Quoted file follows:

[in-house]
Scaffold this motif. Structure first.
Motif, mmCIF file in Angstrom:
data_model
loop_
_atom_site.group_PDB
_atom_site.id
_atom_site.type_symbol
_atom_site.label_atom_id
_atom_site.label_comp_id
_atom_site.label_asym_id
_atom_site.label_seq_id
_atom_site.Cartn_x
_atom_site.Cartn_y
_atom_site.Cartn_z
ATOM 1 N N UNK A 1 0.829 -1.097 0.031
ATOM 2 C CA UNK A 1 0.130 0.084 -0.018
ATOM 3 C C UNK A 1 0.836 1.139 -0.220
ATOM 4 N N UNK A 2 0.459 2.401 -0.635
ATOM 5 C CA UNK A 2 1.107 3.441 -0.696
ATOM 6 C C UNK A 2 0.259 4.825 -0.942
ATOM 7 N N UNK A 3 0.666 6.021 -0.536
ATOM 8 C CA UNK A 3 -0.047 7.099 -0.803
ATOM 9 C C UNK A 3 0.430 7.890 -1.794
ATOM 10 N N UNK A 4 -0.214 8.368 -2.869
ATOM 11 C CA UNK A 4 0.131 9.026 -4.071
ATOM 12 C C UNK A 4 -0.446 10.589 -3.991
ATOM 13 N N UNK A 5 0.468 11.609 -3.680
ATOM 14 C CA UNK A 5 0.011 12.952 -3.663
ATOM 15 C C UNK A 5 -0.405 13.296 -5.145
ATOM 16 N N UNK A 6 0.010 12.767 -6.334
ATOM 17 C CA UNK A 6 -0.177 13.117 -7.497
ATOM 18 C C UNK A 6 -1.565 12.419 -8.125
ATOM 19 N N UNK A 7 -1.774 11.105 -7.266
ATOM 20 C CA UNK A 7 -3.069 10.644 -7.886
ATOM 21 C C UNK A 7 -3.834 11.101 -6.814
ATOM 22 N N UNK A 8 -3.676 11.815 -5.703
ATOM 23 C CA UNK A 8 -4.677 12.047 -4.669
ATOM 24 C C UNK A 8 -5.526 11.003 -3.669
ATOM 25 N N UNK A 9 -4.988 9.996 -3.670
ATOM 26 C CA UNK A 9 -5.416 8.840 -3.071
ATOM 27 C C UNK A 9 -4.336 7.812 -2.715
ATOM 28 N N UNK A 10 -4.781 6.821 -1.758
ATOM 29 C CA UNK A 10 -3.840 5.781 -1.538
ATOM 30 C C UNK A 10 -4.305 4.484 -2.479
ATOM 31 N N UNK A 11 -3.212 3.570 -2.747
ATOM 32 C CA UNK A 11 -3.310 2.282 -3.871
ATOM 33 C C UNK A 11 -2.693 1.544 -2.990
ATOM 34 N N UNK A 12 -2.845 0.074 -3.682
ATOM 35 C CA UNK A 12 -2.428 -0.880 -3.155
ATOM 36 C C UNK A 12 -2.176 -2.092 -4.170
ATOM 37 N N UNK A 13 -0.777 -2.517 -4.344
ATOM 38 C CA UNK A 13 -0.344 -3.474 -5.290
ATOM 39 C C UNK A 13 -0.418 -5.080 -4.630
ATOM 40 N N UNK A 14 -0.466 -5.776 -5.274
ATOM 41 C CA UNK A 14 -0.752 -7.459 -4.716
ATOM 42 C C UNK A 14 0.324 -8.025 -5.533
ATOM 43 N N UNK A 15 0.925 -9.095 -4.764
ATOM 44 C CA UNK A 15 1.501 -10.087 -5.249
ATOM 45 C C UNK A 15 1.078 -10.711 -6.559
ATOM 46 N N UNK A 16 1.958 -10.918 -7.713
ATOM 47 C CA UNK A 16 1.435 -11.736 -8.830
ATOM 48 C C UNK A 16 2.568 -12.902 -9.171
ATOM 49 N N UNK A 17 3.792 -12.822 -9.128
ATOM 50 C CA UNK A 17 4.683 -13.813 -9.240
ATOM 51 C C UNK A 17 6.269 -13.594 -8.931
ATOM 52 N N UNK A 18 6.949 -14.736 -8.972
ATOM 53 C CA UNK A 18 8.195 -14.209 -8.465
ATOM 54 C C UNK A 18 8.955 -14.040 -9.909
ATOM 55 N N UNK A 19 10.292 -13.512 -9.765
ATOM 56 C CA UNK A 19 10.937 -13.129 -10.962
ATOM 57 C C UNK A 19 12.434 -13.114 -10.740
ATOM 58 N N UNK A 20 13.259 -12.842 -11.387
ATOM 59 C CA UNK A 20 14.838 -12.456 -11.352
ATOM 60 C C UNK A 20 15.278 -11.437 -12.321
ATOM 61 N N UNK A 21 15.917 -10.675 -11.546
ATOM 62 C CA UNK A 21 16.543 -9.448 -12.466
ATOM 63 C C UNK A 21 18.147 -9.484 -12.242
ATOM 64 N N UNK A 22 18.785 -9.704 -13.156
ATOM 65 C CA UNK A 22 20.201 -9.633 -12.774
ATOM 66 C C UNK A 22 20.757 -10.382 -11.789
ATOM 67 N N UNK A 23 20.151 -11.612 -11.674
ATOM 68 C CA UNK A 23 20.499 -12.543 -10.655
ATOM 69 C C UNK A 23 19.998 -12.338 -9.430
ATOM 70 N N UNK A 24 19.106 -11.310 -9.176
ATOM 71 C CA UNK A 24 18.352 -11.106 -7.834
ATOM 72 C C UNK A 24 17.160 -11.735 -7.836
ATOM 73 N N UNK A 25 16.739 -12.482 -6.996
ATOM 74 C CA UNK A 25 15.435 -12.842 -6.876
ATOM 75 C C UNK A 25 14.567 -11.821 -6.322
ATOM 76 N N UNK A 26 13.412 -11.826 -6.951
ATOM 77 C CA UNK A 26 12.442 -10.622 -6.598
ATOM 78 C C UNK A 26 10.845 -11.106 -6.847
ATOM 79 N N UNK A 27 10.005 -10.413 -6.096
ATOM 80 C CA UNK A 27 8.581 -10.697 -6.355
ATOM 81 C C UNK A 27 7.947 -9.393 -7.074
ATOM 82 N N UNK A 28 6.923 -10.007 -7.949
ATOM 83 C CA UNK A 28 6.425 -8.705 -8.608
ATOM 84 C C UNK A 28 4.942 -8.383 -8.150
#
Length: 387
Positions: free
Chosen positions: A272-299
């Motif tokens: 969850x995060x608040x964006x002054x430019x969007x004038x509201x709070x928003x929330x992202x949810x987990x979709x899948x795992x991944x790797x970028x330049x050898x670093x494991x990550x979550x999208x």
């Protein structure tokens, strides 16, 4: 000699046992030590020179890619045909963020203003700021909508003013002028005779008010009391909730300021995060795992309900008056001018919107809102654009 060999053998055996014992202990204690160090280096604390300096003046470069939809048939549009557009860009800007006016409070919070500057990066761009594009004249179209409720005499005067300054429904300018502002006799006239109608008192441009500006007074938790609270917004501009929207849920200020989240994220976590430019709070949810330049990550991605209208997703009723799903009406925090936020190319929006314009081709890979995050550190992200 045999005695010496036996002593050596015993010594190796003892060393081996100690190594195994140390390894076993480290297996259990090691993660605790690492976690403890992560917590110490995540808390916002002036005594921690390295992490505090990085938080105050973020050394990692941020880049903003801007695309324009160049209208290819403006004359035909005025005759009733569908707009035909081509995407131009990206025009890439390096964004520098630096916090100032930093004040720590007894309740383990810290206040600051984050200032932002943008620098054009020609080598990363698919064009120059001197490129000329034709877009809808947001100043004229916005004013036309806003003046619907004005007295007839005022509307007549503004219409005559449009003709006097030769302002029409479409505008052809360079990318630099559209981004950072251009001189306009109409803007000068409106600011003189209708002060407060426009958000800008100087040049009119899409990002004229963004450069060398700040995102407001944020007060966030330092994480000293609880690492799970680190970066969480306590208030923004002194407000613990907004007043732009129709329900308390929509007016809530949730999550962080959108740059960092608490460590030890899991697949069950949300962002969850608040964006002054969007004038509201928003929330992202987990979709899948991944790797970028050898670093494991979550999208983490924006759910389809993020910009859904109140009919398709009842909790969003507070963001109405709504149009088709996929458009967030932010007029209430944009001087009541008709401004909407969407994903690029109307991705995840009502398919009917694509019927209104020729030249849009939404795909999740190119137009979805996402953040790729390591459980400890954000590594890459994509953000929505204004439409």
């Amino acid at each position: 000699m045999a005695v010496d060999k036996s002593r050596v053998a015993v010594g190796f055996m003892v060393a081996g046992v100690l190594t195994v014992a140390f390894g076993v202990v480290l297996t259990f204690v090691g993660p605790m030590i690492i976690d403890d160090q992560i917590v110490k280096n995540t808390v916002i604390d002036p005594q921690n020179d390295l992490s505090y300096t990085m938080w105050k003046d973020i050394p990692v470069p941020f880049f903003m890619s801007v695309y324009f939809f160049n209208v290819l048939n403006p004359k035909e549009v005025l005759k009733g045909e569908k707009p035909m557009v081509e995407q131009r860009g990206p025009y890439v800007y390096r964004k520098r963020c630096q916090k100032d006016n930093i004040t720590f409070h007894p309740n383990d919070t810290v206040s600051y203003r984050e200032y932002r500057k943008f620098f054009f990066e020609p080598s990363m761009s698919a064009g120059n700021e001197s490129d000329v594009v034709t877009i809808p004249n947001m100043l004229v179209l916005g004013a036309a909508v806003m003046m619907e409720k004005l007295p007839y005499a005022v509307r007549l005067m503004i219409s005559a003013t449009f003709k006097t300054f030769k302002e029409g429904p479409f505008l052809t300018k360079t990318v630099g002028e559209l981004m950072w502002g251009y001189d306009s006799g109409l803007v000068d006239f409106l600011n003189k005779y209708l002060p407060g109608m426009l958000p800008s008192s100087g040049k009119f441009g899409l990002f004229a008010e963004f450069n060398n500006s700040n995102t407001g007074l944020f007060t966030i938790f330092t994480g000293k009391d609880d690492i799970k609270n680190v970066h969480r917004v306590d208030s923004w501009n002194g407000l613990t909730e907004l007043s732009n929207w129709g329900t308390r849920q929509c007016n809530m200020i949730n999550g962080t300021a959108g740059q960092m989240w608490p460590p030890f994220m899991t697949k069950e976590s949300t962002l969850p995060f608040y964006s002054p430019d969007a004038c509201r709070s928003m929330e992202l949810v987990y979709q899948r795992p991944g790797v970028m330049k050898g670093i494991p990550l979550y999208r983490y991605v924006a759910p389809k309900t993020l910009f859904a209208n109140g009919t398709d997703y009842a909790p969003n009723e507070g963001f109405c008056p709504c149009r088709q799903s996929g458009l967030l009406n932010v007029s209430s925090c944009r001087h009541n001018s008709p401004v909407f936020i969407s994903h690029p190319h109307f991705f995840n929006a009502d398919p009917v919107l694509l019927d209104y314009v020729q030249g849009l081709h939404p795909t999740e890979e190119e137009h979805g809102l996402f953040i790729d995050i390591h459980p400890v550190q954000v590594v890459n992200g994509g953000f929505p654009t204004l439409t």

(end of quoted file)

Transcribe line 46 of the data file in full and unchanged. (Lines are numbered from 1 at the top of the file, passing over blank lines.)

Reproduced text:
ATOM 31 N N UNK A 11 -3.212 3.570 -2.747